The first page of the score “has everything you want with this period of Philip’s output,” Mr. Muhly said during the interview, in which he spoke with his trademark inexhaustible enthusiasm despite fighting off a sinus infection he’s had “since, like, the Obama administration.” Here are edited excerpts from the conversation.
Credit Dunvagen Music Publishers
Why this page?
The first time I heard it, I must have been in Philip’s CD archive. This was the second track on “Étoile Polaire” that I listened to, and there was just something really beautiful about it. It has all the processes that he was doing in “Music in 12 Parts,” but it has this luxurious French harmony. It also looks exactly like it sounds: bubbly, ebullient and fun. Philip’s body of work has these forgotten gems. Finding this is like finding a door in your house to a room you never knew existed.
I play it off the manuscript because there’s something about the printed edition I don’t quite get. I really like Philip’s hand. I’m really used to it, and I have a sentimental relationship with looking at it. There are sometimes these ambiguities with his notations, and so much of my life for years was deciphering his manuscripts.
What about this music is quintessentially Glass?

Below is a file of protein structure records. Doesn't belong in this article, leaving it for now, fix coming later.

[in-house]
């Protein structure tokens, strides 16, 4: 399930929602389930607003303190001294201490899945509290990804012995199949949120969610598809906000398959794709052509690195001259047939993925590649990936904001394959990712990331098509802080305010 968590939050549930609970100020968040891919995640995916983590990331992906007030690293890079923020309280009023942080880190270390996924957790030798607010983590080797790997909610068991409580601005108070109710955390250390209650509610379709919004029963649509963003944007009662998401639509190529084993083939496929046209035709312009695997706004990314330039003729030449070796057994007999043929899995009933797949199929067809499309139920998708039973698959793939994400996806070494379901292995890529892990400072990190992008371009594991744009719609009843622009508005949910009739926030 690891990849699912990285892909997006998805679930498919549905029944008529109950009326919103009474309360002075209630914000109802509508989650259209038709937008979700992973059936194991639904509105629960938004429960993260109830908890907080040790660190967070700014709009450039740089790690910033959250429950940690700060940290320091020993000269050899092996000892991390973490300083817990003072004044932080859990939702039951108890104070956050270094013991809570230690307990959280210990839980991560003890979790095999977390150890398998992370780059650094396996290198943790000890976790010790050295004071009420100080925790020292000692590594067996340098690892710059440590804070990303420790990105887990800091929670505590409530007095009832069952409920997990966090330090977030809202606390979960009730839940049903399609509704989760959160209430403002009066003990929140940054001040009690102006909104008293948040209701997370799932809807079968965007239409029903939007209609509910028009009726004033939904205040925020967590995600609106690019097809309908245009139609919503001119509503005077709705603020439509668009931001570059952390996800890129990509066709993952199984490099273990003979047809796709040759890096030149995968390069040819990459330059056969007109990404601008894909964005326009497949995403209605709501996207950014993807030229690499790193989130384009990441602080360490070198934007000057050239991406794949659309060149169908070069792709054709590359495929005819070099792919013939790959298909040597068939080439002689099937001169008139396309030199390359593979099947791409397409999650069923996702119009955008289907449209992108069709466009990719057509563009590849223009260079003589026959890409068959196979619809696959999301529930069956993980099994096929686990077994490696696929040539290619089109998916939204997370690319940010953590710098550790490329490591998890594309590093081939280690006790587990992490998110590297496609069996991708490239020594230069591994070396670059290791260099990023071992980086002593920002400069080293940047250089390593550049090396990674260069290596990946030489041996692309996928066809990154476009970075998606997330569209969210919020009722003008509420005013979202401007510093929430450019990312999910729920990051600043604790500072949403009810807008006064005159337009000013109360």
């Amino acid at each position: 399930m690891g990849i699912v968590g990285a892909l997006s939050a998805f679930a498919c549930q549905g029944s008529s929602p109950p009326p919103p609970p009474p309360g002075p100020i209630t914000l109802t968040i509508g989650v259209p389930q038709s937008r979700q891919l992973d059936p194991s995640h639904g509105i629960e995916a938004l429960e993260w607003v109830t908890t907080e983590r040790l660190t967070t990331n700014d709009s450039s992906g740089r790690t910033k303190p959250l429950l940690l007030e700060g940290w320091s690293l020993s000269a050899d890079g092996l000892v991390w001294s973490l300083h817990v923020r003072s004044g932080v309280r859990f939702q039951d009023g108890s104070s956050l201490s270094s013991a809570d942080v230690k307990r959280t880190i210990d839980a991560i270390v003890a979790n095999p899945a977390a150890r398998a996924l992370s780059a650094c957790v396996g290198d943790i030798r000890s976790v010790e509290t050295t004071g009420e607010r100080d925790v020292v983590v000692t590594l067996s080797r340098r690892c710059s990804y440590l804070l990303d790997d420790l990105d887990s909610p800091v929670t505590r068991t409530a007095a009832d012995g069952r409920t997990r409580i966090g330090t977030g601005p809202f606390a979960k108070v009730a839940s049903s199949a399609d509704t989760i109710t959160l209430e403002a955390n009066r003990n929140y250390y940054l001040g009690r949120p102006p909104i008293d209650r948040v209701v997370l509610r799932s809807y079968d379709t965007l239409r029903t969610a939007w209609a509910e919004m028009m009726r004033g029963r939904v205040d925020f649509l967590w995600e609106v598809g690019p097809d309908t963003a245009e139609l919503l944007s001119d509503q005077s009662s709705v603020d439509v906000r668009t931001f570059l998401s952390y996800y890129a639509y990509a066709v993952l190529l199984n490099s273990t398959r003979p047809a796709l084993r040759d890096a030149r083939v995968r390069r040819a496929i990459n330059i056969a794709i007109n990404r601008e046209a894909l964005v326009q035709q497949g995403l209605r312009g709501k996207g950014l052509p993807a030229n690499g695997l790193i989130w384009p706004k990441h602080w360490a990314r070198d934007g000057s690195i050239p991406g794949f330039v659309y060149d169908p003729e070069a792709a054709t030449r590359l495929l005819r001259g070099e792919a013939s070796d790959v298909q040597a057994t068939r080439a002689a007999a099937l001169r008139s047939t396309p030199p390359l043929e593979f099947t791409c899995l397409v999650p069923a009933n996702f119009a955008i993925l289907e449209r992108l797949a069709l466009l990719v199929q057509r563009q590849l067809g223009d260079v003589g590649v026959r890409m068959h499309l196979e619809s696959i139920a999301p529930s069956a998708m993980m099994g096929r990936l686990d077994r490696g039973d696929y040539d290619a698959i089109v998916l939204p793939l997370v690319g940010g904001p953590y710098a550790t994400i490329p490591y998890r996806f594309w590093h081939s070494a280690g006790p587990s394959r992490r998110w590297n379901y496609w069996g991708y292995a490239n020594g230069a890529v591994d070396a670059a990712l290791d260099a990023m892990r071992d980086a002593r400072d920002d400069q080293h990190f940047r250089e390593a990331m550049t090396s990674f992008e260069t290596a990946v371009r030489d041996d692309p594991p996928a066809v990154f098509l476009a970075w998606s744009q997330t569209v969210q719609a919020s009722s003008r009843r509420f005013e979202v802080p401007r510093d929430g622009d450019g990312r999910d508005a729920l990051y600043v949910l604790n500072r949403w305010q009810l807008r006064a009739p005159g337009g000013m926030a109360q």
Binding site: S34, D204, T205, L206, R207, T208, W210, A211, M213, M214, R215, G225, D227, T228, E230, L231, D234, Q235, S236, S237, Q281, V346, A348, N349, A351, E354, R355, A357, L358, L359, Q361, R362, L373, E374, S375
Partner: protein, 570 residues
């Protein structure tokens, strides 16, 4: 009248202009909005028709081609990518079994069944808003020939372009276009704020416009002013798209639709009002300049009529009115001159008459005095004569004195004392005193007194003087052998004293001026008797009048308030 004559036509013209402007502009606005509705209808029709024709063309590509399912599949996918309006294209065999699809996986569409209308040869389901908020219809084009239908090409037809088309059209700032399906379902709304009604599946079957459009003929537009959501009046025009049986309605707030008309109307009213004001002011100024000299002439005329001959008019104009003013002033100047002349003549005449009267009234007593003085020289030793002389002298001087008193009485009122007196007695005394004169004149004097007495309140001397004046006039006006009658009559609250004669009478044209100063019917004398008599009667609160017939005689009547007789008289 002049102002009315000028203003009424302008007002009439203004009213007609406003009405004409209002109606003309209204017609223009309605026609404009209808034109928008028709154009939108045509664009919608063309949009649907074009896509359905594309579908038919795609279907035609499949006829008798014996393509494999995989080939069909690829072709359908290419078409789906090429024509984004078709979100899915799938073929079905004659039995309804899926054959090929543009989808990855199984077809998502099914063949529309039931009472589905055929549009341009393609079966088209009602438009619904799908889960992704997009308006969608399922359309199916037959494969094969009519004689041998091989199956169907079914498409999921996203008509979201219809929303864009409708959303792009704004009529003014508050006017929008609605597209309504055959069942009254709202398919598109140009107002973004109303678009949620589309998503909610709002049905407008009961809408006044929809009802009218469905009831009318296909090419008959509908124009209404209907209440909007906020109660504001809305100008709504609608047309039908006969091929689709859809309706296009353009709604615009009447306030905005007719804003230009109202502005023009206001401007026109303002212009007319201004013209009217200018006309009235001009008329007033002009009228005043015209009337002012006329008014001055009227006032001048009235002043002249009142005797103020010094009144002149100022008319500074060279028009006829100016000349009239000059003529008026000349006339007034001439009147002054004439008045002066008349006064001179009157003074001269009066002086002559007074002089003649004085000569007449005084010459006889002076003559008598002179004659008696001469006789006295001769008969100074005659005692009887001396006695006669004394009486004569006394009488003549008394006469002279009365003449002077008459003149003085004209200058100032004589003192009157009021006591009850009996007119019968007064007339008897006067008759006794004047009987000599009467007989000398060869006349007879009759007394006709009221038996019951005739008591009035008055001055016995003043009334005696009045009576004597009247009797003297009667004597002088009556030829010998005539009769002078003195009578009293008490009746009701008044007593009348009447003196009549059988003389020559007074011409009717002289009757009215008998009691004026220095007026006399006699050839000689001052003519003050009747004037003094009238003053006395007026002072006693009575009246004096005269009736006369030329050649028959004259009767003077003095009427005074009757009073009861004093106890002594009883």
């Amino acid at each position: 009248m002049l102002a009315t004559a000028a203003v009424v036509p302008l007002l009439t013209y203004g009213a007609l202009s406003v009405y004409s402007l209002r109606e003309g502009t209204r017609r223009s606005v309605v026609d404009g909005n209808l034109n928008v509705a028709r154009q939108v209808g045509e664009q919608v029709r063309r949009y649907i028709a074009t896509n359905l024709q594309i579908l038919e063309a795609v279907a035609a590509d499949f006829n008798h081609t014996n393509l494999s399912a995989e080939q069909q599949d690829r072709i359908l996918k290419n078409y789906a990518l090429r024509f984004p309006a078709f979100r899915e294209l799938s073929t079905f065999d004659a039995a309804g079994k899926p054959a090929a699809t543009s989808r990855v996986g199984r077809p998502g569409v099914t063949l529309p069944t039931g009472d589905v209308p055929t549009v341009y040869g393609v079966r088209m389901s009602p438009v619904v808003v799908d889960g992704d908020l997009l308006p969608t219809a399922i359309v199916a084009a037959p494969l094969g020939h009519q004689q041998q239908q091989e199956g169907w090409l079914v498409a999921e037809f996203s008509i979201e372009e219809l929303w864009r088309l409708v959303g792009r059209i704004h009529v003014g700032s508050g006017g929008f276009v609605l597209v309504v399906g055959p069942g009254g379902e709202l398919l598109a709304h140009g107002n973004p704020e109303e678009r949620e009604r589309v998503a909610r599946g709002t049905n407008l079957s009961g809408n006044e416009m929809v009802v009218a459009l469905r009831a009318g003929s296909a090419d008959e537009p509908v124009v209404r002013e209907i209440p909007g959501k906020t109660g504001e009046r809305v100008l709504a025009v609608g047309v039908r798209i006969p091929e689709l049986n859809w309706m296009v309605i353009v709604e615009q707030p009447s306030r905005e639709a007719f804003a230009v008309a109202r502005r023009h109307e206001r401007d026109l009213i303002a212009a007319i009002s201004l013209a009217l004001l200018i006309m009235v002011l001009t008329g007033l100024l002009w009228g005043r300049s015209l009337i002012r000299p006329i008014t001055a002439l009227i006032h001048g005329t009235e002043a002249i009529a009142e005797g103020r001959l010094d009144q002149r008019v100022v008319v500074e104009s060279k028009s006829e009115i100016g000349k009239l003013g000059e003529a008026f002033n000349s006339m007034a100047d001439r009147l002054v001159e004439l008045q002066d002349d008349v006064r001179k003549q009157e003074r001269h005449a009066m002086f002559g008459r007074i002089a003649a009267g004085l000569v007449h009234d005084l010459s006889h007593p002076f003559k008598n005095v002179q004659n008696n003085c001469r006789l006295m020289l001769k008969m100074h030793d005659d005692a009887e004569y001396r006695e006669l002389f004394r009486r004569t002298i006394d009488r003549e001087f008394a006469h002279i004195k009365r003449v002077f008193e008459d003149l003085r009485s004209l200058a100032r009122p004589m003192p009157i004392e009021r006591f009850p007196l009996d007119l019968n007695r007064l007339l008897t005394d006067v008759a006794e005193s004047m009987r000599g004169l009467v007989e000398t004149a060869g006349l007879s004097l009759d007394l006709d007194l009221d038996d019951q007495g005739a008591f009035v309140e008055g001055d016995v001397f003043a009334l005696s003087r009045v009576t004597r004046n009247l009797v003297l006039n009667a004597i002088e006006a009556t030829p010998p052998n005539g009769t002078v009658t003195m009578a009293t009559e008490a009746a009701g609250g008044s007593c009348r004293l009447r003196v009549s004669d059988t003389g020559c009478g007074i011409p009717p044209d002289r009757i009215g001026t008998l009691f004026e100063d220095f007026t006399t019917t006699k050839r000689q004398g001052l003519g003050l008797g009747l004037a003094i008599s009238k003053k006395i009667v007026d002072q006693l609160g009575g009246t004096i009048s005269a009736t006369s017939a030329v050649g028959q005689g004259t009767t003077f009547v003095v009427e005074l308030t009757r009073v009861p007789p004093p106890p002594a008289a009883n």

You can see the construction of the rhythmic cycle. You can see how at the beginning each figure contains two units of six notes, each one repeated four times. In Figure 2, interestingly, it’s the same, but each cell of eight notes is repeated four times. Then Figure 3 augments the rhythm and goes eight-six-eight-six. It’s a fake-out: You don’t actually perceive the change until the middle of the figure.
What’s scary is that the beginning of Figure 3 is identical to the beginning of Figure 2, so you end up with this situation where you all have to be in a really tight chamber music space to agree where you are. Philip’s music uses repetition, but there’s a lot of drama to be found in the deviation.
Credit Cole Wilson for The New York Times
What is that shift in rhythm like as a listener?
For me, it’s a switch in perspective, or like a glitch in the matrix. It feels like something you thought was there was actually a little bit closer or a little bit farther away. It’s that weird thing of a slight ecstatic disruption.
And what about as a player, especially as part of an ensemble?
You’ve repeated the damn thing and then you’re like, O.K., here we go. Then you all agree to have a glitch in the matrix together. It’s a trust fall, a little bit. And it’s so joyful when it works. It’s that intersection of math and instinct and musicality that just makes me so happy.
What’s it like revisiting something you discovered as a teenager?
I had such an intimate relationship with Philip’s physical manuscripts. I learned so much from working for him, probably because I never made a big deal about being a composer. I wasn’t constantly showing him stuff, but instead I just wanted to take as much away from his scores as I could. So to have his manuscripts — it’s like connecting back to that time in my life when I was learning a new thing all the time. Now, because I’m so busy and constantly in this kind of chaos and rat race, it’s great to go back and remember what it was like to be holding 75 pages of manuscript from someone whose music I really respected. It just feels like a happy homecoming.